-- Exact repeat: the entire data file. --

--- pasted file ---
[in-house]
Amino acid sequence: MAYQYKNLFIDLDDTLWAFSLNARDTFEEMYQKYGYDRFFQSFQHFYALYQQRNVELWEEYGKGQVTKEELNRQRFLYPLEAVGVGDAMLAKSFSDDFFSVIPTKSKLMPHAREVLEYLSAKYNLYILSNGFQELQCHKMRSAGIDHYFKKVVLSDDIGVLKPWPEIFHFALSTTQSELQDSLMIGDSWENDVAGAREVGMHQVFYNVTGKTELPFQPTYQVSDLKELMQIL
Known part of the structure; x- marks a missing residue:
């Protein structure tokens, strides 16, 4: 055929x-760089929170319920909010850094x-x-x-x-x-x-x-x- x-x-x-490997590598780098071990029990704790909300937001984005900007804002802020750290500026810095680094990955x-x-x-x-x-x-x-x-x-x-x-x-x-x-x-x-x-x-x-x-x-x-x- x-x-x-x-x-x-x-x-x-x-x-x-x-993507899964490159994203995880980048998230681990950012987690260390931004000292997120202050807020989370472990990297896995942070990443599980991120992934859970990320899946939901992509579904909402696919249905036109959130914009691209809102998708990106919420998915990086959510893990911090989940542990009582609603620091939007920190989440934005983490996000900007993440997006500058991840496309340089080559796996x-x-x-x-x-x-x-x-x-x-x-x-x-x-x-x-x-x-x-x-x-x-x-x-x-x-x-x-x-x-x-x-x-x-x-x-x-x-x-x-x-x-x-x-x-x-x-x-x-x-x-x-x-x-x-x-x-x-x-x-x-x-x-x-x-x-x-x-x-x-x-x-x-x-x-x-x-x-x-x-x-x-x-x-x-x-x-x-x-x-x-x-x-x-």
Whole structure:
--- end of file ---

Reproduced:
[in-house]
Amino acid sequence: MAYQYKNLFIDLDDTLWAFSLNARDTFEEMYQKYGYDRFFQSFQHFYALYQQRNVELWEEYGKGQVTKEELNRQRFLYPLEAVGVGDAMLAKSFSDDFFSVIPTKSKLMPHAREVLEYLSAKYNLYILSNGFQELQCHKMRSAGIDHYFKKVVLSDDIGVLKPWPEIFHFALSTTQSELQDSLMIGDSWENDVAGAREVGMHQVFYNVTGKTELPFQPTYQVSDLKELMQIL
Known part of the structure; x- marks a missing residue:
């Protein structure tokens, strides 16, 4: 055929x-760089929170319920909010850094x-x-x-x-x-x-x-x- x-x-x-490997590598780098071990029990704790909300937001984005900007804002802020750290500026810095680094990955x-x-x-x-x-x-x-x-x-x-x-x-x-x-x-x-x-x-x-x-x-x-x- x-x-x-x-x-x-x-x-x-x-x-x-x-993507899964490159994203995880980048998230681990950012987690260390931004000292997120202050807020989370472990990297896995942070990443599980991120992934859970990320899946939901992509579904909402696919249905036109959130914009691209809102998708990106919420998915990086959510893990911090989940542990009582609603620091939007920190989440934005983490996000900007993440997006500058991840496309340089080559796996x-x-x-x-x-x-x-x-x-x-x-x-x-x-x-x-x-x-x-x-x-x-x-x-x-x-x-x-x-x-x-x-x-x-x-x-x-x-x-x-x-x-x-x-x-x-x-x-x-x-x-x-x-x-x-x-x-x-x-x-x-x-x-x-x-x-x-x-x-x-x-x-x-x-x-x-x-x-x-x-x-x-x-x-x-x-x-x-x-x-x-x-x-x-």
Whole structure: